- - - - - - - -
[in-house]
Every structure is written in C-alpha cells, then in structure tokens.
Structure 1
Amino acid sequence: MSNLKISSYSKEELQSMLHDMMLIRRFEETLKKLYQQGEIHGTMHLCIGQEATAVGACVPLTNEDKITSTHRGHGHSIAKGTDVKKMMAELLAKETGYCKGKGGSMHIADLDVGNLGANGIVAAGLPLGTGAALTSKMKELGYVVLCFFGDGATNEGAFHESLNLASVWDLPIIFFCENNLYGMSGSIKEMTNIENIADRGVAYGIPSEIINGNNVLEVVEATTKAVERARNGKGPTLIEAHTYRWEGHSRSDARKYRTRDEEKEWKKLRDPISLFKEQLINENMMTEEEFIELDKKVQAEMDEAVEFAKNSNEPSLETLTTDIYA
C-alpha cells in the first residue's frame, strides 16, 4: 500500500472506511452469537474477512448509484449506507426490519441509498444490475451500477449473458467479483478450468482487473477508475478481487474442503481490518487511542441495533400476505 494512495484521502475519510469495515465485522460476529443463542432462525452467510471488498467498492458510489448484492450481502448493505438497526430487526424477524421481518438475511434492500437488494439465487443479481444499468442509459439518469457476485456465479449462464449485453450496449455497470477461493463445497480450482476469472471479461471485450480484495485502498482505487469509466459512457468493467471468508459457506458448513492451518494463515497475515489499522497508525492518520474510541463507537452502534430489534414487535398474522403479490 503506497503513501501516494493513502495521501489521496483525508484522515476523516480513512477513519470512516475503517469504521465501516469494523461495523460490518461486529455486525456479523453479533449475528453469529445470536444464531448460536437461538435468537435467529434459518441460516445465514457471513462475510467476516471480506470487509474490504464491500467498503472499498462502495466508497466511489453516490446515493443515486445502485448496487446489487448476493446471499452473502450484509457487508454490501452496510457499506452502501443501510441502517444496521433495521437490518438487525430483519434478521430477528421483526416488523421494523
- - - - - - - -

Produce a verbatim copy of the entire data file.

[in-house]
Every structure is written in C-alpha cells, then in structure tokens.
Structure 1
Amino acid sequence: MSNLKISSYSKEELQSMLHDMMLIRRFEETLKKLYQQGEIHGTMHLCIGQEATAVGACVPLTNEDKITSTHRGHGHSIAKGTDVKKMMAELLAKETGYCKGKGGSMHIADLDVGNLGANGIVAAGLPLGTGAALTSKMKELGYVVLCFFGDGATNEGAFHESLNLASVWDLPIIFFCENNLYGMSGSIKEMTNIENIADRGVAYGIPSEIINGNNVLEVVEATTKAVERARNGKGPTLIEAHTYRWEGHSRSDARKYRTRDEEKEWKKLRDPISLFKEQLINENMMTEEEFIELDKKVQAEMDEAVEFAKNSNEPSLETLTTDIYA
C-alpha cells in the first residue's frame, strides 16, 4: 500500500472506511452469537474477512448509484449506507426490519441509498444490475451500477449473458467479483478450468482487473477508475478481487474442503481490518487511542441495533400476505 494512495484521502475519510469495515465485522460476529443463542432462525452467510471488498467498492458510489448484492450481502448493505438497526430487526424477524421481518438475511434492500437488494439465487443479481444499468442509459439518469457476485456465479449462464449485453450496449455497470477461493463445497480450482476469472471479461471485450480484495485502498482505487469509466459512457468493467471468508459457506458448513492451518494463515497475515489499522497508525492518520474510541463507537452502534430489534414487535398474522403479490 503506497503513501501516494493513502495521501489521496483525508484522515476523516480513512477513519470512516475503517469504521465501516469494523461495523460490518461486529455486525456479523453479533449475528453469529445470536444464531448460536437461538435468537435467529434459518441460516445465514457471513462475510467476516471480506470487509474490504464491500467498503472499498462502495466508497466511489453516490446515493443515486445502485448496487446489487448476493446471499452473502450484509457487508454490501452496510457499506452502501443501510441502517444496521433495521437490518438487525430483519434478521430477528421483526416488523421494523